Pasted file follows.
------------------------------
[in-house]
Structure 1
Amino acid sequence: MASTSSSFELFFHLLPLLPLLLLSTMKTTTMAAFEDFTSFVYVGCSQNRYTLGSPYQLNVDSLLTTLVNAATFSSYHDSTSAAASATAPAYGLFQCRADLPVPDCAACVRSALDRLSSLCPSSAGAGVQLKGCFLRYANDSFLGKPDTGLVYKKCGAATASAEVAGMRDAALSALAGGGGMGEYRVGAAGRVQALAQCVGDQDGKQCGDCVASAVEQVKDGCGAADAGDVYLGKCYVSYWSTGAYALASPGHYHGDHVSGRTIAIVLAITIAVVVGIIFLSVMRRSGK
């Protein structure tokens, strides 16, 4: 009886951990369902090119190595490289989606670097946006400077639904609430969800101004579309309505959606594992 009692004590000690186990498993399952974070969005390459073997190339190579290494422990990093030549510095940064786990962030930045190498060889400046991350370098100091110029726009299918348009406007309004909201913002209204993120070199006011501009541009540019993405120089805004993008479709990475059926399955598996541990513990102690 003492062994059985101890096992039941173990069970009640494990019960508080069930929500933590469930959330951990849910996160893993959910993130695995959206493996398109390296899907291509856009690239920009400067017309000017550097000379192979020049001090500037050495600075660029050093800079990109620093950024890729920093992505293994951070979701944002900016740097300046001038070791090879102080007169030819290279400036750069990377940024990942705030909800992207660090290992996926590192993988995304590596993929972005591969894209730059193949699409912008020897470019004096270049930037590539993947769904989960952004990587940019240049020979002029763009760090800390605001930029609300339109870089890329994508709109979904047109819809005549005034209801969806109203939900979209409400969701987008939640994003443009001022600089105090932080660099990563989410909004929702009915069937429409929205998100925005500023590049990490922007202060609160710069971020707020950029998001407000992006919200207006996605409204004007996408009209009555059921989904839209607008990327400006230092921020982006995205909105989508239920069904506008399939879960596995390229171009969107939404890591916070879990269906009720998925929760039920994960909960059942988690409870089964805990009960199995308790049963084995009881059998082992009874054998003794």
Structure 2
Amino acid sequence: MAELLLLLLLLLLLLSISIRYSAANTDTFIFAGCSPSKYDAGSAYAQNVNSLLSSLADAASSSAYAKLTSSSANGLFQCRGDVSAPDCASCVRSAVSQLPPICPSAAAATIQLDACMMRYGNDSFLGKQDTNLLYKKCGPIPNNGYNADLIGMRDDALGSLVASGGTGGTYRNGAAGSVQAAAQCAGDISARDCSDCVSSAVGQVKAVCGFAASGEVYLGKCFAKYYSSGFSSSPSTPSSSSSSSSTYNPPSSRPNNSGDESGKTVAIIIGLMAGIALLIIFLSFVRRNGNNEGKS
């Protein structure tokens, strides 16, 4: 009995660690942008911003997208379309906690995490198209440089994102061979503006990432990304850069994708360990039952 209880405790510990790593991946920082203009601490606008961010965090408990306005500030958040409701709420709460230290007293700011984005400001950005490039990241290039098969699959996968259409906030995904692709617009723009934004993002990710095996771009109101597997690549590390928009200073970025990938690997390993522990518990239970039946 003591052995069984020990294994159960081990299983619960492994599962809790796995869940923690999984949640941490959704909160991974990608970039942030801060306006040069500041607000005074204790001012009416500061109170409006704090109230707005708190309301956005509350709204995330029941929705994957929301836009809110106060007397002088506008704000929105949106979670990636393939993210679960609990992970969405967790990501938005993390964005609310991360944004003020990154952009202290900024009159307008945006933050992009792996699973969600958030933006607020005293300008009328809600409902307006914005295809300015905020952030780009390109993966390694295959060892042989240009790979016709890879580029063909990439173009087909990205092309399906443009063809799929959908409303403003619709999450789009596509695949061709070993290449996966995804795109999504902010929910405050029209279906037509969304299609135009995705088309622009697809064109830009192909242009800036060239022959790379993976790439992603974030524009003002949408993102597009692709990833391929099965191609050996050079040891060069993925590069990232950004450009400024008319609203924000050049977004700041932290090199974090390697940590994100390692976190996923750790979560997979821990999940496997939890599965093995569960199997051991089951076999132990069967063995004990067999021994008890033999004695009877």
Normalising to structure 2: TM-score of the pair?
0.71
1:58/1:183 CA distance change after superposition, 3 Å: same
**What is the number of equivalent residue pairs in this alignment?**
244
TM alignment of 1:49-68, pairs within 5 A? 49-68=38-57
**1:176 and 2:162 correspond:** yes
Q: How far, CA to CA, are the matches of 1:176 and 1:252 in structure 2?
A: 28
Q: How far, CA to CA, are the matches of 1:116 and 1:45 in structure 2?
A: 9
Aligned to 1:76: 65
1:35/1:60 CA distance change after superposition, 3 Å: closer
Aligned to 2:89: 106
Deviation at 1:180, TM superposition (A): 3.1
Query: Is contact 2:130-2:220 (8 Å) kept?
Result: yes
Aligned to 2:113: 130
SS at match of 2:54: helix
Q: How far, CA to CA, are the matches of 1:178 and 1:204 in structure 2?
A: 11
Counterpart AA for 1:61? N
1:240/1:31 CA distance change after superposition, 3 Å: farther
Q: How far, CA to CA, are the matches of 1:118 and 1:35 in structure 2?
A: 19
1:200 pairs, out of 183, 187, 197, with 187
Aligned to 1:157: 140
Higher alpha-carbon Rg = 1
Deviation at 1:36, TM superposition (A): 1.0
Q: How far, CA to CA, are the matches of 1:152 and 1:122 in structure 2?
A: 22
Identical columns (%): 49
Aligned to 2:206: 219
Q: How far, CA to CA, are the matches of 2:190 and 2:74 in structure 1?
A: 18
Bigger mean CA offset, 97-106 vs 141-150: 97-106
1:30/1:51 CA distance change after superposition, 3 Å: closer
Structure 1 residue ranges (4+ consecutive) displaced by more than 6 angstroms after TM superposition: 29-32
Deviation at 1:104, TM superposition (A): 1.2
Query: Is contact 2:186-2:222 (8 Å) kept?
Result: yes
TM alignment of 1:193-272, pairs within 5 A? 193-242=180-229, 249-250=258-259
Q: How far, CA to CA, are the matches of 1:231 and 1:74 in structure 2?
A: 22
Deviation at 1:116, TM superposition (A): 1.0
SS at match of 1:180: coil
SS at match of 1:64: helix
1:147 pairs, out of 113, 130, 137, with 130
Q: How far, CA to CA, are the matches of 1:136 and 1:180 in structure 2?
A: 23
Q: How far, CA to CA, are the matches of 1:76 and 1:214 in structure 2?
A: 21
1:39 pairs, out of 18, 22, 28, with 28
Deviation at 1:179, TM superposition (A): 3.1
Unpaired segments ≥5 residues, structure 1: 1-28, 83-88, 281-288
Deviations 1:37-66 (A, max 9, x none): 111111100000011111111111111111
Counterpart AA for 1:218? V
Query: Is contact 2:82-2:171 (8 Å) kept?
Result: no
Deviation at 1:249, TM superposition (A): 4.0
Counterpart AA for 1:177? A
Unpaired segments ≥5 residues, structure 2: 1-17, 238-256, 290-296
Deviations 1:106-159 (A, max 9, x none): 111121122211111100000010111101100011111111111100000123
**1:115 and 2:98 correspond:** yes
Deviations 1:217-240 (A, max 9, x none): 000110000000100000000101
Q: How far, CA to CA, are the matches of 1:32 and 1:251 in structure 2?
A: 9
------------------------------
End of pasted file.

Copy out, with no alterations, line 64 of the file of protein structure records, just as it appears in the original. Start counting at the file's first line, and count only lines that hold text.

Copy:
Counterpart AA for 1:218? V